Plant available soil water is modelled using the Ritchie two-layer fallow evaporation model described in Ritchie, J.T. 1972, Model for predicting evaporation from a row crop with incomplete cover.
Soil water tool
Please note: This content may be out of date and is currently under review.
Plant available soil water graphs show the amount of soil water accumulated from the start of summer (1 November) through the grain growing season and can be used as a tool in the seasonal decision-making process.
While plant available soil water graphs can help create a narrative for the progress of a crop and aid key in-season decision-making, other key factors also need to be considered for any given crop to arrive at an accurate picture. These include:
- Soil status and characteristics including stored soil moisture, soil water-holding capacity and any barriers to infiltration.
- Stored nitrogen and other nutrient availabilities.
- Factors such as non-wetting, water-logging through topography or impermeable layers, leaching or dispersible clays in the soil.
The timing and event intensity of rain during the growing season can also greatly influence the conversion of rainfall to biomass and yield.
To use the tool, select a weather station, a soil type and whether the model is for a fallow or cropped situation from the drop-down lists below. Graphs can be downloaded and saved by clicking on the three horizontal lines to the right of the graph title.
Maps of plant available soil water, updated monthly in the early part of the growing season, can be viewed and downloaded from our Seasonal climate information page.
How the model works
Plant available soil water models are run for ten different soil types that have been characterised according to their water-holding capacity. The soil types assume there are no constraints to crop root growth when there is available soil water. Their depths are shown in the following table.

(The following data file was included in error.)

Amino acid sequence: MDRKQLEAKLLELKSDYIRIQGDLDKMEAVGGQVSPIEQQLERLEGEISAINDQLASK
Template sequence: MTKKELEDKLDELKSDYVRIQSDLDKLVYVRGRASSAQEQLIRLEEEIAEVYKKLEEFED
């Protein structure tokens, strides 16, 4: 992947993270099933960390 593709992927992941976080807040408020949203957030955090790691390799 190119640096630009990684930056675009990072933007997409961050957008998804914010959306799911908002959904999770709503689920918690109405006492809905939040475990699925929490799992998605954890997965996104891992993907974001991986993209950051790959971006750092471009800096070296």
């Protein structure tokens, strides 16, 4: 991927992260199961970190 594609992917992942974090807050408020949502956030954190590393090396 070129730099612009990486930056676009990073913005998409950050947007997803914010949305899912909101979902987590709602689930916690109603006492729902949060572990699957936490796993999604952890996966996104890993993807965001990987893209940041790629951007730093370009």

|Soil type||Layer 1||Layer 2|
|Shallow sandy duplex||20||160|
|Deep sandy duplex||40||110|
|Shallow loamy duplex||20||130|
|Deep loamy duplex||40||140|
For a complete description of the soils and their characterisation, see Oliver, Y.M. and Roberston, M.J. 2008, Quantifying the benefits of accounting for yield potential in spatially and seasonally responsive nutrient management in a Mediterranean climate.
Evapotranspiration of a generic wheat crop is estimated using the FAO crop factor method, where the timing of crop germination (break of season) is estimated using a two-part rule, such that germination is assumed to occur if there is 25mm of rainfall over three days after 25 April and before 5 June, or if there is 5mm of rainfall over three days after 5 June.
The FAO crop factor method assumes that post-germination, there are four stages of crop growth. On any day during the crop lifecycle, the crop coefficient for the crop's growth stage is multiplied by the potential evaporation to give an estimate of plant evapotranspiration. Coefficients have been selected to suit WA wheat cropping.